On top of this site the burner body, the part with all the small holes that the gas shoots out of.
Then the burner cap or flame spreader, the flat metal cap that sits at the to top it all.
The gas is injected through the jet, mixes with air in the cup to the burner body where it shoots out under it’s own pressure, due to the burner cap deflecting it that way and you have a gas burner.
The ignitor gives a spark between the cap and the plug to light it and the thermocouple is a safety device to keep the gas on while there’s a flame.
Hob Gas Burners & Thermocouples
Gas burners come in all manners of different shapes and sizes as on a hob of any type used in built in hobs, cookers and range cookers you have traditional type round burners of various sizes, wok burners, fish burners and even hotplates on some with gas burners although, some of these are rare to see. However the basic principles apply to all.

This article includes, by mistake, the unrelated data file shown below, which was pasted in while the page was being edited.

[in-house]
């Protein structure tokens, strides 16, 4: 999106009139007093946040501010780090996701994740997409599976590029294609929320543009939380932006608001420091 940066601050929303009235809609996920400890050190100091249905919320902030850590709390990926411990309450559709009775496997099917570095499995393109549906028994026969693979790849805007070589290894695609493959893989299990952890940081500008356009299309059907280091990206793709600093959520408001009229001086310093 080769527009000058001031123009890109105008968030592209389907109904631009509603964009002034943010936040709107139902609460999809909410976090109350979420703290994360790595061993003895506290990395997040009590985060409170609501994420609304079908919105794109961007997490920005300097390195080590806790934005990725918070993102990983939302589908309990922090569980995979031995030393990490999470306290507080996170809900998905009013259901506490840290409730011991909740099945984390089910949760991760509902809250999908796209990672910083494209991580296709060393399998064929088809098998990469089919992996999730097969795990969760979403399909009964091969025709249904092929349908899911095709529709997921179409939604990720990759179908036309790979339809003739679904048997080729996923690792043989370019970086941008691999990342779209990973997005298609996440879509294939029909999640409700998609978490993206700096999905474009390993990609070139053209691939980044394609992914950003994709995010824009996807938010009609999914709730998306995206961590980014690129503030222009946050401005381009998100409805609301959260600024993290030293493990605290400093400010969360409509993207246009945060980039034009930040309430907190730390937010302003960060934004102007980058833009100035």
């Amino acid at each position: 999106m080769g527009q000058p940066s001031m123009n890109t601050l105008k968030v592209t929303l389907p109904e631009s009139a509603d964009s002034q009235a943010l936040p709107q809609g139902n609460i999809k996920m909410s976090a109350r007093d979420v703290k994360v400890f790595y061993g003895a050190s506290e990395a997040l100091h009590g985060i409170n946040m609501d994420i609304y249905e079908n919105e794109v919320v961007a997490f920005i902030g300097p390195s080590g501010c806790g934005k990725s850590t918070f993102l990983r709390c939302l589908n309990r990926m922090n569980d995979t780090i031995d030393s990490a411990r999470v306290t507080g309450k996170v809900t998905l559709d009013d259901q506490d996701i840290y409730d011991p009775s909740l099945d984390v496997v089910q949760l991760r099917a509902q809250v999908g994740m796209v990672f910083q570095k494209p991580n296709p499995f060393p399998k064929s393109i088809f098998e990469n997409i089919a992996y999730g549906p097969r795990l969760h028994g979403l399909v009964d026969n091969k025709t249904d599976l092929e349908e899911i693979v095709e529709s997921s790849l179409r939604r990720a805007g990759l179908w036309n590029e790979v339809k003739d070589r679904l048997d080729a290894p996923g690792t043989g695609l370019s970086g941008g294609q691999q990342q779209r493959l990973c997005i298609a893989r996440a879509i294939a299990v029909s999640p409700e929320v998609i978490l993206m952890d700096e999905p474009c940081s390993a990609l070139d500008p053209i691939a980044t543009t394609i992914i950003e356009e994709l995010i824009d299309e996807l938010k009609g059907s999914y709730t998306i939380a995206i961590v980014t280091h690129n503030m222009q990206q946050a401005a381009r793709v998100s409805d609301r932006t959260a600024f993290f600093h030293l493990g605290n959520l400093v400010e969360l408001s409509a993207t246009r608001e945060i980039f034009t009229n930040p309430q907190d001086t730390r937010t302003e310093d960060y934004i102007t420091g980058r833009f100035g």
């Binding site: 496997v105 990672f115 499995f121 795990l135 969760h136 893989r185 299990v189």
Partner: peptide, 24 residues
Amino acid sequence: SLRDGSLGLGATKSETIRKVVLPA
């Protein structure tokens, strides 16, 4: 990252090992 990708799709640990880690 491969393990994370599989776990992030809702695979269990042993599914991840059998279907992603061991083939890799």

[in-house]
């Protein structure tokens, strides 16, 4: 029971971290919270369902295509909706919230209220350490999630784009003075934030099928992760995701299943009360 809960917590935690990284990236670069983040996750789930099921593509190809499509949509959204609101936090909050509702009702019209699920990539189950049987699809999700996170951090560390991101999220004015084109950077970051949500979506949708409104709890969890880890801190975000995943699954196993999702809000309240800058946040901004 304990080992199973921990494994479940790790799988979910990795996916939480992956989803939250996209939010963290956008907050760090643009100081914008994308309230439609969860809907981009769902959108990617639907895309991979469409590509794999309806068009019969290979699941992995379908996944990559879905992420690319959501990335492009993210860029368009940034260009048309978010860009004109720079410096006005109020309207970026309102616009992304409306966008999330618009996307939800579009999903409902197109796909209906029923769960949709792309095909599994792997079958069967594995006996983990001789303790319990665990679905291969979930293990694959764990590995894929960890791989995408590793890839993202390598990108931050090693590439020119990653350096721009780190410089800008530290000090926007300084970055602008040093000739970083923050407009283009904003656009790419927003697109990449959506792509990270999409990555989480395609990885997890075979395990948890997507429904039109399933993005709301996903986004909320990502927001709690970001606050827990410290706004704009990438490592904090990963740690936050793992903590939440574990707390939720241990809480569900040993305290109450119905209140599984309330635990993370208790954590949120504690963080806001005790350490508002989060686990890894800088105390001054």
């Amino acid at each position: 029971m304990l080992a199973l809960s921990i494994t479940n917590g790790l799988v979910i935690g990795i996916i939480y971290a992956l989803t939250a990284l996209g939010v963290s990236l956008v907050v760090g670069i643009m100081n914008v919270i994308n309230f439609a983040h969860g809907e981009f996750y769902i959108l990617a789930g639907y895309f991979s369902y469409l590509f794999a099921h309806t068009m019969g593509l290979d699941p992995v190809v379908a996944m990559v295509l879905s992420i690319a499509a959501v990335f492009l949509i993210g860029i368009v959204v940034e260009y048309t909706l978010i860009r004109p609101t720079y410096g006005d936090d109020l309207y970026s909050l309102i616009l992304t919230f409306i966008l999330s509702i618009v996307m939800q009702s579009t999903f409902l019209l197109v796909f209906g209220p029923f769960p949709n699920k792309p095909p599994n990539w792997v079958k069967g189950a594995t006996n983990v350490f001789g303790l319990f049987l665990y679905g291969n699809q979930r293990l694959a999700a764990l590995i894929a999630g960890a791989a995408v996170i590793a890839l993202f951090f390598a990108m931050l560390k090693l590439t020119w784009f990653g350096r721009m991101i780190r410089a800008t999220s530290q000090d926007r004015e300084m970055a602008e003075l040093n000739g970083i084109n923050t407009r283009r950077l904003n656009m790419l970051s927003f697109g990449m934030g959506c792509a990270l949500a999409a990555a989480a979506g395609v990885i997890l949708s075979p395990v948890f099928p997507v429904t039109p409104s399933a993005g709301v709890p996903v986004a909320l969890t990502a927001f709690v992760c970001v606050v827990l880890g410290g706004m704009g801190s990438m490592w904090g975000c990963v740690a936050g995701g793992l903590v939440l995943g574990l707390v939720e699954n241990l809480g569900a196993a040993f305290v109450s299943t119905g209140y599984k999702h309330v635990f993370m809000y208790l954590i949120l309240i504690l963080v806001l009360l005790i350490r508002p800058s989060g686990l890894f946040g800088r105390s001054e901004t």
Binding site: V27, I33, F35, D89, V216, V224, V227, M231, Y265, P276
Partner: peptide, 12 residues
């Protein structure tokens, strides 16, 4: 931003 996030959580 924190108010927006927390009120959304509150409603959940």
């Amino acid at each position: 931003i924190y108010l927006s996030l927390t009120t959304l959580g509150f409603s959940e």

With legislative changes for a number of years now, all these hob burners have to have what are known as thermocouples fitted by law.
The thermocouple is a metal “pipe” filled with gas that expands when the burner is lit from the heat of the burner flame. The tip of the thermocouple should always be in the flame of the burner allowing it to heat up. In turn, this lets the gas valve know that there is a flame and that the gas tap should stay open.
What happens is that when you press in the gas tap control knob then hold it for a few seconds, this is the thermocouple getting war enough to keep the gas valve open. Once warm, when you let go of the control knob, the burner operates as you would expect and stays lit.
Should the thermocouple not sit in the flame correctly or, the thermocouple is faulty, then the gas will be shut off to that burner as soon as you let the control knob go.